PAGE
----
|Publication number||US7021304 B1|
|Application number||US 10/701,868|
|Publication date||Apr 4, 2006|
|Filing date||Nov 5, 2003|
|Priority date||Sep 22, 2000|
|Also published as||US6659097|
|Publication number||10701868, 701868, US 7021304 B1, US 7021304B1, US-B1-7021304, US7021304 B1, US7021304B1|
|Inventors||Daniel J. Houston|
|Original Assignee||Houston Daniel J|
|Export Citation||BiBTeX, EndNote, RefMan|
|Patent Citations (10), Referenced by (12), Classifications (15), Legal Events (4)|
|External Links: USPTO, USPTO Assignment, Espacenet|
This application is a continuation claiming the benefit under 35 USC §120 of U.S. patent application Ser. No. 09/955,697 filed 19 Sep. 2001, now issued as U.S. Pat. No. 6,659,097, which in turn claims the benefit under 35 USC §119(e) of U.S. Provisional Patent Application 60/234,820 filed 22 Sep. 2000. The entireties of these prior applications are incorporated by reference herein.
This disclosure concerns an invention relating generally to the manufacture of tiles for floors, walls, and other surfaces, and more specifically to the custom manufacture of such tiles for use in conjunction with preexisting mass-manufactured tiles.
Laminate (more commonly known as plastic laminate) is a product which has been used in this country for decades as a countertop surface or a veneer for numerous articles of furniture, cabinetry and other architectural features. Laminate flooring (also known as plastic laminate flooring) was first introduced in the United States around 1994 by the Swedish company Pergo AB. Its initial product line consisted of planks made of laminated wood which were approximately 8″ wide and 48″ long, and which came in an assortment of wood tone finishes. Since that time, many other companies (such as Formica Corporation and Wilsonart International) have manufactured plastic laminate, and it is now an exceedingly popular floor covering.
Laminate flooring consists of layers of different materials, generally wood and/or wood byproducts/composites, which include an upper plastic laminate layer. The plastic laminate layer can be made to look like materials such as wood, stone, marble and cork by various printing methods. The specific finish that the floor is to replicate is printed on a layer which is incorporated into the plastic laminate. The plastic laminate is then adhered to a substrate of wooden or wooden composite material. To make the finished surface durable, a tough wear layer is applied to the laminate surface.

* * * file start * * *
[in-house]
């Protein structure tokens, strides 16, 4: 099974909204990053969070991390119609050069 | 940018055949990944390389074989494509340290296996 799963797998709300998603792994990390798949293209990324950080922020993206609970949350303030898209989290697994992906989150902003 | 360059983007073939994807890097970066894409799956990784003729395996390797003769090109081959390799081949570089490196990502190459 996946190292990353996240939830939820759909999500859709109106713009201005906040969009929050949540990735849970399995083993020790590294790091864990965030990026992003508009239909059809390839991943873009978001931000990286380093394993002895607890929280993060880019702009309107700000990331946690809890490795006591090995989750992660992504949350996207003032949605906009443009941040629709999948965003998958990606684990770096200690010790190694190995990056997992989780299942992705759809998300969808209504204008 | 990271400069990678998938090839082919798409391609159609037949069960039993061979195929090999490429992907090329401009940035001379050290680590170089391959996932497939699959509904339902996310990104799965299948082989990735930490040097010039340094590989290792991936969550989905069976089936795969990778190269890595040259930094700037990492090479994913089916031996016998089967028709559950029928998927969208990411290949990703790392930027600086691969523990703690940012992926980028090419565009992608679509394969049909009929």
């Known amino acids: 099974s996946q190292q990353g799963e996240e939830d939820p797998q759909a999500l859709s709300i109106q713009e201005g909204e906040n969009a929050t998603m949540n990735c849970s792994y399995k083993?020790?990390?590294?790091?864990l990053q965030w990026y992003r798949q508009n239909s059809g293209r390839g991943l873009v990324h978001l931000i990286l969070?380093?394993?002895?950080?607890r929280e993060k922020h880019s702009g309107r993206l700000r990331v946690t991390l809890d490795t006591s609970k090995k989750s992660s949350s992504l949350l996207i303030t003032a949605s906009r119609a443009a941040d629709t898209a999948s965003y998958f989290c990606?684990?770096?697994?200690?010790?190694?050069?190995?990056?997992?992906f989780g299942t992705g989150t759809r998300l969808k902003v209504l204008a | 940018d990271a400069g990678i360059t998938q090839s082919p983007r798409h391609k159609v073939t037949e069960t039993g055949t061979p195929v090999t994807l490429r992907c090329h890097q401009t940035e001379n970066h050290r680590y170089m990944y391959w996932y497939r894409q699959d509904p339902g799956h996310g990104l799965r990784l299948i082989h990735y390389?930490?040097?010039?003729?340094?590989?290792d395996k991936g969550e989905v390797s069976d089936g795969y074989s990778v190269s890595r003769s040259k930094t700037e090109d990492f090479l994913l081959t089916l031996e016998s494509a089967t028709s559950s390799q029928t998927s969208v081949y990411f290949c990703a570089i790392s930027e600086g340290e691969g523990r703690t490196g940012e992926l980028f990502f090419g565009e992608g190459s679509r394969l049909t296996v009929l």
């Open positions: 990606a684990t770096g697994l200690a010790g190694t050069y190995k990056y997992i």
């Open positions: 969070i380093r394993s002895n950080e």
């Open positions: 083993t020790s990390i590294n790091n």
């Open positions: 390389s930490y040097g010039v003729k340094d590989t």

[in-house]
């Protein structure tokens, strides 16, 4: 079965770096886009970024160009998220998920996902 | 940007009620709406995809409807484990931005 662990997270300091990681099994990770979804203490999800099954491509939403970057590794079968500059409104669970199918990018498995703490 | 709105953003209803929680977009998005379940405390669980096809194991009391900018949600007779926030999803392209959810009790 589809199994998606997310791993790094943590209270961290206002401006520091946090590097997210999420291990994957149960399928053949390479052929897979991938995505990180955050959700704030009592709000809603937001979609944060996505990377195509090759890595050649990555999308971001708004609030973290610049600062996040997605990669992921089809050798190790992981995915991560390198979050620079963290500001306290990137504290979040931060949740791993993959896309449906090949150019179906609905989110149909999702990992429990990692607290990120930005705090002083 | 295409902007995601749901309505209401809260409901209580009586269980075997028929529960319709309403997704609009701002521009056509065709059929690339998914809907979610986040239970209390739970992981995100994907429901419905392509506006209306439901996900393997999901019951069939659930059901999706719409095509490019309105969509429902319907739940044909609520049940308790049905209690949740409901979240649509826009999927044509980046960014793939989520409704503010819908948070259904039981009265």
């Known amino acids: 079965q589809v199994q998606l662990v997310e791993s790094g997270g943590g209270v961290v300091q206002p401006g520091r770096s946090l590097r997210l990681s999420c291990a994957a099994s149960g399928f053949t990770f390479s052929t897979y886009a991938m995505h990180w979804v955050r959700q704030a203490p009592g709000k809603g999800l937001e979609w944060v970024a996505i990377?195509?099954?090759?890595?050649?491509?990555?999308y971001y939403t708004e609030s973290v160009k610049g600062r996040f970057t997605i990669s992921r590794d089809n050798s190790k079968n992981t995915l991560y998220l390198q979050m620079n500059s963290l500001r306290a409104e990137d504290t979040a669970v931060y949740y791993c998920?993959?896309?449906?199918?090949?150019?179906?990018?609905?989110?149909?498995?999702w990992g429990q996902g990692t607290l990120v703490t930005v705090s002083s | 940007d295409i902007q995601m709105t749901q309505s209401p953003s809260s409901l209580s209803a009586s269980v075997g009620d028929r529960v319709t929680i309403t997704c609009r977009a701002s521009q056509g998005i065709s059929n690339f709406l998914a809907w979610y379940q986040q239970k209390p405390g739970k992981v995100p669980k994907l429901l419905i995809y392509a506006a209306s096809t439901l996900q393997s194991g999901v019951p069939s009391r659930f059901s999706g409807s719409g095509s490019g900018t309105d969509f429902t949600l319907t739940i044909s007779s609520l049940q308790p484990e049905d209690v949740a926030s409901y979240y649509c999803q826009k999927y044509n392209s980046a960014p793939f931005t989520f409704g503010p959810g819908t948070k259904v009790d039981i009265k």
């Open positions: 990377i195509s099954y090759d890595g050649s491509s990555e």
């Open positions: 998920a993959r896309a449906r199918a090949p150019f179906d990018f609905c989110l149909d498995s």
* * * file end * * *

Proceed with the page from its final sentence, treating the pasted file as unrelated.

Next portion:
Typically, the wear layer, laminate layer and substrate layer are produced in 4′ by 8′ sheets in a linear production line prior to their being resized into elongated plank-like flooring tiles. A sheet moves along a conveyor to different stations to be cut to the rough shape and size of the tiles. The sheet is often first cross-cut to produce two 4′ by 4′ sections, and is then gang-ripped to produce planks. The planks continue along the conveyor and are fed into a molder, which has a series of cutters set in a straight line array in order to profile a tongue along one side edge of the plank and a groove along the opposite side edge of the plank. The pieces are then rotated by means of the conveyor and are fed into the next machine, which adds a tongue to one end edge of the plank and a groove to the opposite end edge of the plank. The resulting planks are then suitable for installation on a floor (or other surface) by fitting a tongue of one plank into the groove of an adjacent plank.
Wood flooring is manufactured in much the same way, but solid wood flooring is generally not initially cut into standard-size larger sheets. Rather, it is milled into board widths determined by the girth of the tree from which they came. Engineered wood flooring is more similar to laminate flooring in that a surface layer or veneer of a wood species is adhered to a substrate of either plywood or a composite material, and such engineered wood flooring may be initially laid up in the 4′ by 8′ format. The machining process for engineered wood flooring is generally similar to that for laminate and wood flooring.